Picnic Begins 60th Anniversary Celebration for Perelman Jewish Day School


More than 500 people attended at the picnic, which featured food, dunking booths, dancing, a band and assorted games, although the kids largely were doing what they do best — running around and creating their own diversions.

One reason Perelman Jewish Day School has thrived since the days of President Eisenhower is its ability to draw families.

Just ask David Ufberg, the head of one of five Ufberg families with children enrolled at Perelman.

“It’s such a warm, nurturing environment,” said Ufberg, who attended a 60th anniversary picnic on Sept. 18 at Perelman’s Stern Center branch in Wynnewood. “The kids get the academic tools they need and also get the Jewish values that they really will carry with them forever. … They grow into young mensches.”

Various members of the Ufberg clan were among the more than 500 people in attendance at the picnic, which featured food, dunking booths, dancing, a band and assorted games, although the kids largely were doing what they do best — running around and creating their own diversions.

That spirit of togetherness was cited by Ufberg’s wife, Leslie.

“They feel like this is their home,” said Leslie Ufberg, who has two children who went through Perelman and daughters in the second and fifth grades. “The kids all feel connected. I’ve never been to a school where the fifth-graders are nice to the first-graders.”

While the values remain constant, the school itself is always changing, said Head of School Judy Groner, a one-time teacher at Perelman who returned three years ago after serving in a similar position at B’nai Shalom Day School in Greensboro, N.C.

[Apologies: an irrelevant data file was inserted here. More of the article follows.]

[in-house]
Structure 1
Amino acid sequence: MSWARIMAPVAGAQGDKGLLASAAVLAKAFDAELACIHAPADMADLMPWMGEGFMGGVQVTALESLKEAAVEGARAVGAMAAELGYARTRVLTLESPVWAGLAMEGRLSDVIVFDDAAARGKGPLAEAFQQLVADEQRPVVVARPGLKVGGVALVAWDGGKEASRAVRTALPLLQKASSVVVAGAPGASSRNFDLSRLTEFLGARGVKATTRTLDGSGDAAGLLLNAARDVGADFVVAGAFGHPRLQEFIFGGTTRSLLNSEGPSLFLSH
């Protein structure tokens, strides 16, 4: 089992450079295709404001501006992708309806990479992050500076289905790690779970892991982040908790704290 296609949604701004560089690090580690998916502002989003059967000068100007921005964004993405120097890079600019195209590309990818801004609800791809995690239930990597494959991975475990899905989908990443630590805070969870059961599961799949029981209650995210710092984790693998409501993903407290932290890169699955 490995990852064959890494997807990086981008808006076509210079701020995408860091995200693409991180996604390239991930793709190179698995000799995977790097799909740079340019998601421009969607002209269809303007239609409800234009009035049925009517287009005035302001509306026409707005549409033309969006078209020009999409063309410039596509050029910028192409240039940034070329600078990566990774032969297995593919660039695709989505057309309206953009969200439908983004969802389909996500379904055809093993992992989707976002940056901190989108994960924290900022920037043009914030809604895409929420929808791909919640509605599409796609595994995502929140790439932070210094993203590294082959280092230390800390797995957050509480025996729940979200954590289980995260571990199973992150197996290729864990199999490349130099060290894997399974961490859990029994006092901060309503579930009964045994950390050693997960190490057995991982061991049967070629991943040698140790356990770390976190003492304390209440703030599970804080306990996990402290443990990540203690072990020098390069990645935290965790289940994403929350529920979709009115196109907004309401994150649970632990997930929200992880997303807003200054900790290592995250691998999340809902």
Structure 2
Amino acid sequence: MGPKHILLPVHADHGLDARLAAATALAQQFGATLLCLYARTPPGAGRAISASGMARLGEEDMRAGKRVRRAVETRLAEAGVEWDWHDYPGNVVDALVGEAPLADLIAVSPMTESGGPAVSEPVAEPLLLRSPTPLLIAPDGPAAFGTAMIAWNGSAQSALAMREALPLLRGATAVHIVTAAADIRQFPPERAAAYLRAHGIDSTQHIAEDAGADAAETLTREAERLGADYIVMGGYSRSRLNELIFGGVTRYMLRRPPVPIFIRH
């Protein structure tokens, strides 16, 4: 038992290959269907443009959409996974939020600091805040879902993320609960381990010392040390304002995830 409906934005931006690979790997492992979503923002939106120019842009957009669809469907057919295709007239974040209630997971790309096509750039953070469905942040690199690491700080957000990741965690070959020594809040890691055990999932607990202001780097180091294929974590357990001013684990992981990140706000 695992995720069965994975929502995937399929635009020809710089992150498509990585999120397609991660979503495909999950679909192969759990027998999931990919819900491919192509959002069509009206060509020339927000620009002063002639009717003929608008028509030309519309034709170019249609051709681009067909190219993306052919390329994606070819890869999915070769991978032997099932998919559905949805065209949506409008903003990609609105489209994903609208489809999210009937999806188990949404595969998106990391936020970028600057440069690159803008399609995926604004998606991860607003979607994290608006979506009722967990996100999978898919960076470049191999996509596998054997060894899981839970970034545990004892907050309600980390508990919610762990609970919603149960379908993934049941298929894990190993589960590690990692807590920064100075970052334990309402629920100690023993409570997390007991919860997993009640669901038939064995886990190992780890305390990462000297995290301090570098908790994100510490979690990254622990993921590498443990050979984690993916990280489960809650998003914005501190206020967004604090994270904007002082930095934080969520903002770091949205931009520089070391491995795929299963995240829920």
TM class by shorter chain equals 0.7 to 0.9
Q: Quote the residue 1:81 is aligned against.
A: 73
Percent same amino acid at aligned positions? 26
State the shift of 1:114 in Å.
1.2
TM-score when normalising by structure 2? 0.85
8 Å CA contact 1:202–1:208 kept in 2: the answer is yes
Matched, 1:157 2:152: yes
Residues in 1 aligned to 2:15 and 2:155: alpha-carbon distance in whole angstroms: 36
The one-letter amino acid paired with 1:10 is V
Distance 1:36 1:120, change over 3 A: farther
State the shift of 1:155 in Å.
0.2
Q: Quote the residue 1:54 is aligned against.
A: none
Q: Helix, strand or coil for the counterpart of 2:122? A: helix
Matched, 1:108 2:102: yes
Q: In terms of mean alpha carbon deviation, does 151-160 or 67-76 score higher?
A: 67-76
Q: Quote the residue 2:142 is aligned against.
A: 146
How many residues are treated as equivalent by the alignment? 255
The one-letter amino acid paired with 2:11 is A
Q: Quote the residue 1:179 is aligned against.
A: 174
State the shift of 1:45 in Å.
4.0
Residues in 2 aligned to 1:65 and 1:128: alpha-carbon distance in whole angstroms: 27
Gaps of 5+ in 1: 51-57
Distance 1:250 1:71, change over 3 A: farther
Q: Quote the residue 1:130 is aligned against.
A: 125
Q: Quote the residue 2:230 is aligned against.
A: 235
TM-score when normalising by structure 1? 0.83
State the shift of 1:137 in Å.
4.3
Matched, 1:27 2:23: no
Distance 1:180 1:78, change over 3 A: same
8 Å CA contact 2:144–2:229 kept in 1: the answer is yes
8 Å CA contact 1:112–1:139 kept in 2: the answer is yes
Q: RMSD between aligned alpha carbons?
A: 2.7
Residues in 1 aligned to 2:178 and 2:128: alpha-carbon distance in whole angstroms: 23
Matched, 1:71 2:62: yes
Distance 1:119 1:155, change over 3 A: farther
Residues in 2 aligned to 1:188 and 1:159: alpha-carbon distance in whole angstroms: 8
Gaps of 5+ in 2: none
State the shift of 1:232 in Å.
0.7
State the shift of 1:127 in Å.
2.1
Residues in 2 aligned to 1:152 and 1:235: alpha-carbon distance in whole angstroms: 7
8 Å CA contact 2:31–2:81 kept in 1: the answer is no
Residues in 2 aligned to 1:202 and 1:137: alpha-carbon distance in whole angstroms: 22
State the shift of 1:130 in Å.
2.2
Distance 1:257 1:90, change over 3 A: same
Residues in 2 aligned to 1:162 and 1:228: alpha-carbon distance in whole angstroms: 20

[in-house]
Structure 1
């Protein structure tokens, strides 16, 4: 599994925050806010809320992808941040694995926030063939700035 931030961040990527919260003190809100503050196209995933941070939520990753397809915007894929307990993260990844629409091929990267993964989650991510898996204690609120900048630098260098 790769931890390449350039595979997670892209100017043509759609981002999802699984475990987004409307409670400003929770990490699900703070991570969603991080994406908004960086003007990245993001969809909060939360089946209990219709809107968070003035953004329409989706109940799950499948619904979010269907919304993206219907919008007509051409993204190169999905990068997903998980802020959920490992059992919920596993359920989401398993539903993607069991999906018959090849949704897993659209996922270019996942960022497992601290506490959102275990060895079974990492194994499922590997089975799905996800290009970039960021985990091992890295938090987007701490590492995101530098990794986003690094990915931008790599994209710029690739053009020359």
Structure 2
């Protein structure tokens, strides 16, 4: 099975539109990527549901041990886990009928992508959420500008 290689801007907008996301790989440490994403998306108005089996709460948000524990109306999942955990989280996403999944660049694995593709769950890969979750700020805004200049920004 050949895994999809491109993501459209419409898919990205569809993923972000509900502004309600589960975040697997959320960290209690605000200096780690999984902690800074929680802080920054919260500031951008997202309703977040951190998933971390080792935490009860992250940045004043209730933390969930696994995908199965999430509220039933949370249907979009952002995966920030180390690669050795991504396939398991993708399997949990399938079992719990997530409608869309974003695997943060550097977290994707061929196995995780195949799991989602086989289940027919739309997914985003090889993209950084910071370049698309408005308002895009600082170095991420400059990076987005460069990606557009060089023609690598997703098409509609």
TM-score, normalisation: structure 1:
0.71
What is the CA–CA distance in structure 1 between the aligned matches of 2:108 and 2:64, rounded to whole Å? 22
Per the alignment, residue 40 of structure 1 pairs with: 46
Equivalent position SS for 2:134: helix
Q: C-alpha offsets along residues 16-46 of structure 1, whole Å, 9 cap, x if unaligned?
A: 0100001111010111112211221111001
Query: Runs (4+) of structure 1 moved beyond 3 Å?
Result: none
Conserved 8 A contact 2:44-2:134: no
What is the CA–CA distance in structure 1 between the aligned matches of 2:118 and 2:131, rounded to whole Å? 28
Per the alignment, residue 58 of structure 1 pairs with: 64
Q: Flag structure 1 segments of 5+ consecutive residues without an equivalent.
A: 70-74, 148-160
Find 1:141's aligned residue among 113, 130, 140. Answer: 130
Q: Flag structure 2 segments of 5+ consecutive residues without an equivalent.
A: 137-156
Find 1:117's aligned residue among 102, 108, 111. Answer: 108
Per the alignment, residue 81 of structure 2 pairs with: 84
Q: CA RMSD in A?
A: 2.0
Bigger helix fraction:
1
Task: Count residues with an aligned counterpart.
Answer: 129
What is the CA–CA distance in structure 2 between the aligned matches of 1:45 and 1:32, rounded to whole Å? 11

“We are never static,” she said. “The minute the curriculum is static, it’s old.”

Groner touted the Landau Makerspaces, which are innovation labs opened this year at both the Stern Center as well as the school’s Forman Center in Melrose Park.

The spaces are designed to promote student exploration into designing and experimentation as they study science and engineering.

She also noted that a Hebrew-immersive class for pre-K is in the works next year.

While the K-5 school’s enrollment is on the rise — with 247 students at Stern and 103 at Forman, along with 75 faculty and staff members — Groner said there are still issues to tackle.

“There’s one gigantic challenge, and that’s affordability,” she said, noting that the school provided about $2 million in scholarships this year. “It’s a stretch for many families to afford independent day school.”

Still, it’s come a long way since Perelman was founded in 1956 as the Solomon Schechter Day School of Greater Philadelphia with 39 students in the basement of Har Zion Temple.

The picnic is just one of numerous celebrations planned for the 60th anniversary.

There also will be a speaker series, a Zimrikudiah song and dance festival on Israel Independence Day (May 2, 2017) and a tribute event slated for May 24, 2017.

Contact: [email protected]; 215-832-0797

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Andy Gotlieb is the managing editor of the Jewish Exponent. He holds 31 years of experience in communications, mostly in journalism, with a decade in public relations, too. Prior newspaper stops include the St. Joseph (Mo.) News-Press, the Arkansas Democrat-Gazette, the Tampa Tribune and the Philadelphia Business Journal. The first 17 years were spent in print journalism, where I covered, at various times, business, politics, crime and government, among other beats. The final 2.5 years in that stretch was an editor at the Philadelphia Business Journal, where my responsibilities included complete control over a weekly section and working with both staff writers and freelancers. In late 2005, I switched gears and began working in public relations for the next decade. I learned the ins and outs of public relations -- including being on the other side of the media-PR equation -- and made numerous contacts. I rejoined the ranks of journalism in March 2016, starting as the managing editor of the Jewish Exponent.


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